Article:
Deliverability: the MailUp Story
Anyone dealing with Email Marketing knows how easy it is to underestimate the importance of campaign delivery rates and deliverability on one hand, while focusing on the development and management of technological infrastructure on the other.
We also experienced this when we established MailUp as a software house in the early 2000s. Our first steps involved following two main guidelines:
- Use basic architecture and software development models
- Meet customer needs.
We entered Email Marketing relying on our experience as software providers.
The ecosystem: providers,anti-spam, and community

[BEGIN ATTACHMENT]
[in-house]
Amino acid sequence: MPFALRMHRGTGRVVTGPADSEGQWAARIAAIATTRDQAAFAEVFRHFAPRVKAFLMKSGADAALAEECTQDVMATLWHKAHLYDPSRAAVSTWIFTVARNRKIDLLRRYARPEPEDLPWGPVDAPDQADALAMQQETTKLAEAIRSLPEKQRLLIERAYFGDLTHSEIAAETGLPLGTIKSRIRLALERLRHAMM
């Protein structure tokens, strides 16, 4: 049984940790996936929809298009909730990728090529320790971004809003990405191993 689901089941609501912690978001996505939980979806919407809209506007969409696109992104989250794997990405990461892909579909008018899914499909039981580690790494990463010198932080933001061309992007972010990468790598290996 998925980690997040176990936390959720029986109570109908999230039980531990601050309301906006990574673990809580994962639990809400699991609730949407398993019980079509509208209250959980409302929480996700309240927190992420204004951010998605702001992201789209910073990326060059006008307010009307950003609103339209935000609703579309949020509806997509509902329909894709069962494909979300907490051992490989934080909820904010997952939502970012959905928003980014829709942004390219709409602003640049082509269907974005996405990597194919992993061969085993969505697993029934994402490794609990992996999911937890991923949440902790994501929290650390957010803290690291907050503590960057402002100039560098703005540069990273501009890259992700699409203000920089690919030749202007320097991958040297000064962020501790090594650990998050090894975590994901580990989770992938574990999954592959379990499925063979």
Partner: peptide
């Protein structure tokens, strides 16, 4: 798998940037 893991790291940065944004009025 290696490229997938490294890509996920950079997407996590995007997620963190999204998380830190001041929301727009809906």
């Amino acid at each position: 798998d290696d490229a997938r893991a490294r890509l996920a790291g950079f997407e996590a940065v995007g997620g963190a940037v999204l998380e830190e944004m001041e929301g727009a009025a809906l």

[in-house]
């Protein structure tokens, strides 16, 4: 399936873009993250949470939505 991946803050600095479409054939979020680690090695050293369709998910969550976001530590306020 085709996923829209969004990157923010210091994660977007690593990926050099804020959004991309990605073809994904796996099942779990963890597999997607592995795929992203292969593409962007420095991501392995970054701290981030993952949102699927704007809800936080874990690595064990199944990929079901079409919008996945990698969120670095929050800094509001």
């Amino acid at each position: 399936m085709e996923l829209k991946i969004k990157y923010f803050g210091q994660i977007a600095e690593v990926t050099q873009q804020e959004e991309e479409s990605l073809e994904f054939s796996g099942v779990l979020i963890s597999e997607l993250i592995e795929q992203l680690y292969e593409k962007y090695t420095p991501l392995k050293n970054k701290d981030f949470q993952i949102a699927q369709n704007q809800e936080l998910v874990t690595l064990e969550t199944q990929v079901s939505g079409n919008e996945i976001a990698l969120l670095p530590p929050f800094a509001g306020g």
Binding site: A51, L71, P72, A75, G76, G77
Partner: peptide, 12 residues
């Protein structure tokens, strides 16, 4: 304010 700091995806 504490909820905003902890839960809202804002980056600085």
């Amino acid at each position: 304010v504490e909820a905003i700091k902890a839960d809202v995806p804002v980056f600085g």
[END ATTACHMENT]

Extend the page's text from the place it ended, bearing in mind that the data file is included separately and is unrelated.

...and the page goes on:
We soon realized that this was hardly enough in the world of Email Marketing.
We found that the ecosystem surrounding each mailing campaign is vast and complex. This involves the providers that receive the messages, anti-spam systems, and the final recipients. Last but not least, this element is represented by a community of experts on the topic.
In such complexity, it is absolutely essential to shift focus from technological development to the fight against poor practice and abuse (essentially, spam).
We have two additional views:
- A product that works is not enough—besides being sent, emails must reach the recipient’s inbox
- Quite often the needs of the customer and final recipient do not match, making it difficult to strike the right balance.